The paper reviews the basics of SiC bulk growth by the physical vapor transport (PVT) method and discuss current and possible future concepts to improve crystalline quality. In-situ process visualization using x-rays, numerical modeling and advanced doping techniques will be briefly presented which support growth process optimization. The “pure” PVT technique will be compared with related developments like the so called Modified-PVT, Continuous-Feeding-PVT, High-Temperature-CVD and Halide-CVD concepts. Special emphasis will be put on dislocation generation and annihilation and concepts to reduce dislocation density during SiC bulk crystal growth. The dislocation study is based on a statistical approach. Rather than following the evolu-tion of a single defect, statistic data which reflect a more global dislocation density evolution are interpreted. In this context a new approach will be presented which relates thermally induced strain during growth and dislocation patterning in networks.
In this article structural properties as well as morphological aspects of CuIn(S,Se)2 thin film solar cell absorbers, produced by annealing of electroplated precursors, are discussed. Real-time X-ray diffraction (XRD) experiments while precursor annealing have shown, that a reduced amount of electrodeposited selenium is the key parameter to realize a chalcopyrite formation mechanism similar to the one known for sputtered stacked elemental layer (SEL) precursors. Absorber layers processed from precursors produced by simultaneous electrodeposition of copper, indium and selenium show a preferable absorber morphology with an average grain size on the micrometer scale when the electrochemically deposited amount of selenium is reduced to [Se] / [In] = 0.1. The amount of selenium, missing for the formation of a stoichiometric chalcopyrite, was deposited in a second process step prior to precursor annealing. Solar cells produced from these absorbers show light conversion efficiencies up to 10%.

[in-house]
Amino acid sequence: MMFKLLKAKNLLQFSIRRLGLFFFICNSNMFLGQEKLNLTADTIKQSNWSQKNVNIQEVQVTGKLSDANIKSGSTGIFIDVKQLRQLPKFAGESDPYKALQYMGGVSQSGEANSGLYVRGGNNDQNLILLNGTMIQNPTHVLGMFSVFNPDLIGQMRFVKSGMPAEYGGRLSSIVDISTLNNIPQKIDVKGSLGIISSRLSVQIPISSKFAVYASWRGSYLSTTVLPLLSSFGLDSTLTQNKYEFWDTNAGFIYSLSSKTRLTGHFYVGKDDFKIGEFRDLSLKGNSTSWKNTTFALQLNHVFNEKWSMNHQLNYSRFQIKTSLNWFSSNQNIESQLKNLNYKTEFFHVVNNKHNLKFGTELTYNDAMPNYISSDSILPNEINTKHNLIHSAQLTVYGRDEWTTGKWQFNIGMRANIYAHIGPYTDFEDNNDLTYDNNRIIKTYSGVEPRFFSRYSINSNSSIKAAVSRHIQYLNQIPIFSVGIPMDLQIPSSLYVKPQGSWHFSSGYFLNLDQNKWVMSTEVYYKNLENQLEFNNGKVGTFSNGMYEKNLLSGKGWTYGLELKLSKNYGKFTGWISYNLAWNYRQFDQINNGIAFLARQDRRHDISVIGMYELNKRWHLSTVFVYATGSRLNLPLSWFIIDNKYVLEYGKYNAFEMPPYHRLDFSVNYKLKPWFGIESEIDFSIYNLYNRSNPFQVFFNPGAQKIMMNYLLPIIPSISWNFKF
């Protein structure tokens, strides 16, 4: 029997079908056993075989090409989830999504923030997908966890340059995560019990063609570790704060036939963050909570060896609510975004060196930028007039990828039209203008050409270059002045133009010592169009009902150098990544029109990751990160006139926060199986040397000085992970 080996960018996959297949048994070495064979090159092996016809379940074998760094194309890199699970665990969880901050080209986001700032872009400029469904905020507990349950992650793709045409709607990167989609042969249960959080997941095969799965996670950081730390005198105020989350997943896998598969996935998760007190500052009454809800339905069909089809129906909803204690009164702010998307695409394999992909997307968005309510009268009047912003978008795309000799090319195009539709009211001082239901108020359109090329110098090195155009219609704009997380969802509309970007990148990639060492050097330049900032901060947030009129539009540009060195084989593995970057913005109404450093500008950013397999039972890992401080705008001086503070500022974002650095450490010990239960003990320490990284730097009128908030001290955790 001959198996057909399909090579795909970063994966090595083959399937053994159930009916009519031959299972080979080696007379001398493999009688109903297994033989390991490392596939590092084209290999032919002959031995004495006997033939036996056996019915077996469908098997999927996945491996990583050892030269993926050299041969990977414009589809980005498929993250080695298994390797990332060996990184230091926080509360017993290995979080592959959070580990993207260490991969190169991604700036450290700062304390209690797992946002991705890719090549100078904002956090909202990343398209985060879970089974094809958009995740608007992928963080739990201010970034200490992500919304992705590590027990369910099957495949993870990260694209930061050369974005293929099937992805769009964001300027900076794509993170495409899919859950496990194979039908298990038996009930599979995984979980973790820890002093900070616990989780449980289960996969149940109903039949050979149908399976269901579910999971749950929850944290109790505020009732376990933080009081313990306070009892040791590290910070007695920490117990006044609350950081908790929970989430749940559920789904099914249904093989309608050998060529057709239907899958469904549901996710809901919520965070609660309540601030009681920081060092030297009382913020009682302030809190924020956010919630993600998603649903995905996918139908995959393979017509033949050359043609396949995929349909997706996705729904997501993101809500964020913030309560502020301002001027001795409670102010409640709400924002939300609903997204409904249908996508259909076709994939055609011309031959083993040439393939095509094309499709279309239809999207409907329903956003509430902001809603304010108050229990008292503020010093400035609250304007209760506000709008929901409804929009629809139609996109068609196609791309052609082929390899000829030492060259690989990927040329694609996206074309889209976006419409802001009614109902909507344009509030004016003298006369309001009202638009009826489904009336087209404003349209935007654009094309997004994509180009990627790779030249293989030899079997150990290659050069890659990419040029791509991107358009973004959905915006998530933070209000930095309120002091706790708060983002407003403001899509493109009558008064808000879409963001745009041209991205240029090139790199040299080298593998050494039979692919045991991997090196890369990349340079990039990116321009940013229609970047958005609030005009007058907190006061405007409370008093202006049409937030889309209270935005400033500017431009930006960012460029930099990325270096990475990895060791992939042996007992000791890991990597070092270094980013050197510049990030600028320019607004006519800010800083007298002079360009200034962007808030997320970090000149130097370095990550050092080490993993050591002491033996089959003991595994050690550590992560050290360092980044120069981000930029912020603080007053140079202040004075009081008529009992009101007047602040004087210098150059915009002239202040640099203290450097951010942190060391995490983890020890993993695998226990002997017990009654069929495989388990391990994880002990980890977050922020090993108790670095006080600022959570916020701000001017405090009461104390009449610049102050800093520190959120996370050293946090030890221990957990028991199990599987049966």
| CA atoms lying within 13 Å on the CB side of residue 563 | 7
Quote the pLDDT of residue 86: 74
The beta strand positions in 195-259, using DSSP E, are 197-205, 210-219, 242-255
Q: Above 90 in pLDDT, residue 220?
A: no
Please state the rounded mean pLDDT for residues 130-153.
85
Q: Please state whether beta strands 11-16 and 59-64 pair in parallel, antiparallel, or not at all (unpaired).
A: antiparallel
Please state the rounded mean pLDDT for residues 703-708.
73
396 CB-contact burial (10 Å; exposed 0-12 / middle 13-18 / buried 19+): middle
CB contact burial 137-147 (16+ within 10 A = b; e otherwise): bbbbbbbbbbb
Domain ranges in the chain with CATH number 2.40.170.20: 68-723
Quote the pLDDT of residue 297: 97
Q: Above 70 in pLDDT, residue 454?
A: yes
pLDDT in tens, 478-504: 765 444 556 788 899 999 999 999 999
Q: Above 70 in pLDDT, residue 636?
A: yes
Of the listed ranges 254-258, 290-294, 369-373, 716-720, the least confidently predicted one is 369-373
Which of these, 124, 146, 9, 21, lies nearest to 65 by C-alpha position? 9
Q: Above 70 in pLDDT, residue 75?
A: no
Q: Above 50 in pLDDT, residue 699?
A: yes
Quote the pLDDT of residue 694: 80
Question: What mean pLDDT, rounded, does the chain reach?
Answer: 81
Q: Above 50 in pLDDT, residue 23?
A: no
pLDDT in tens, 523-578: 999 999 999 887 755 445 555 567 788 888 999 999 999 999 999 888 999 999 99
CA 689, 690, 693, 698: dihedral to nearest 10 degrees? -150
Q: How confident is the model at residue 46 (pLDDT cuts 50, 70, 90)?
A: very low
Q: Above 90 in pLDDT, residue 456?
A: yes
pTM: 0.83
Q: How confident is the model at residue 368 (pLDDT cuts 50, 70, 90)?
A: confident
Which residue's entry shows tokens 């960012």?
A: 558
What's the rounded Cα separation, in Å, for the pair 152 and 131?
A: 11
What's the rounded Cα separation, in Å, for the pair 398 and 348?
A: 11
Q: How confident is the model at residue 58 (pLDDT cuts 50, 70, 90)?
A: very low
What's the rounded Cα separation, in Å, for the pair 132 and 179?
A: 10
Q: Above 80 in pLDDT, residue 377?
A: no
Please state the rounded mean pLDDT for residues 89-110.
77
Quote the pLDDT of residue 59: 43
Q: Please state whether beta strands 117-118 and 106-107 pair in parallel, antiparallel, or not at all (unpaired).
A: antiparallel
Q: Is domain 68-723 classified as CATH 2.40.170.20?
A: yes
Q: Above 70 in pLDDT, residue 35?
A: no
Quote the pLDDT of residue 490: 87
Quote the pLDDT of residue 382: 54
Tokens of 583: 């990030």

We have investigated the formation of Cu(In,Ga)Se2 thin films by real-time X-ray diffraction (XRD) experiments while annealing differently deposited and composed stacked elemental layer (SEL) precursors.
The in-situ measurements during the selenization of bi-layered Cu/In precursors reveal, that the semiconductor formation process is similar for precursors with thermally evaporated or sputtered indium. In both cases, the formation of binary copper and indium selenides is observed at temperatures around the melting point of selenium. After subsequent selenium transfer reactions, the chalcopyrite CuInSe2 is formed from the educt phases Cu2-xSe and InSe.
The addition of gallium leads to the formation of the intermetallic precursor phase Cu9Ga4, which reduces the overall amount of copper and gallium selenides at process temperatures above 500 K. This causes an ongoing selenization in the indium selenium subsystem, which results in the formation of CuInSe2 from the educt phases Cu2-xSe and the selenium richest indium selenide g-In2Se3.
Considering the atomic scattering cross sections for neutrons they are an excellent tool to investigate lubrication problems. Two different shear cells have been built to investigate both the dynamics and structural properties of liquids under shear: one cell has been optimised for quasielastic and inelastic neutron scattering while another one has been designed for reflectivity and diffraction work. The dynamical aspects have been studied on the high-resolution backscattering instrument (IN16 at Institut Laue-Langevin (ILL)). Data with a commercial motor oil as a sample have been taken in contact with an aluminium boundary showing directly the developing anisotropy of diffusion under shear. Furthermore within the same set-up it has been possible to monitor the macroscopic velocity distribution including surface slip. In addition, a diffraction experiment has been carried out, demonstrating from a measurement of the position and the profile of the graphite 002 reflection that the ordering of macroscopic graphite particles in a flowing liquid can be studied with neutrons and an ordering with a tilt angle of the particles of 5° to the flow has been determined.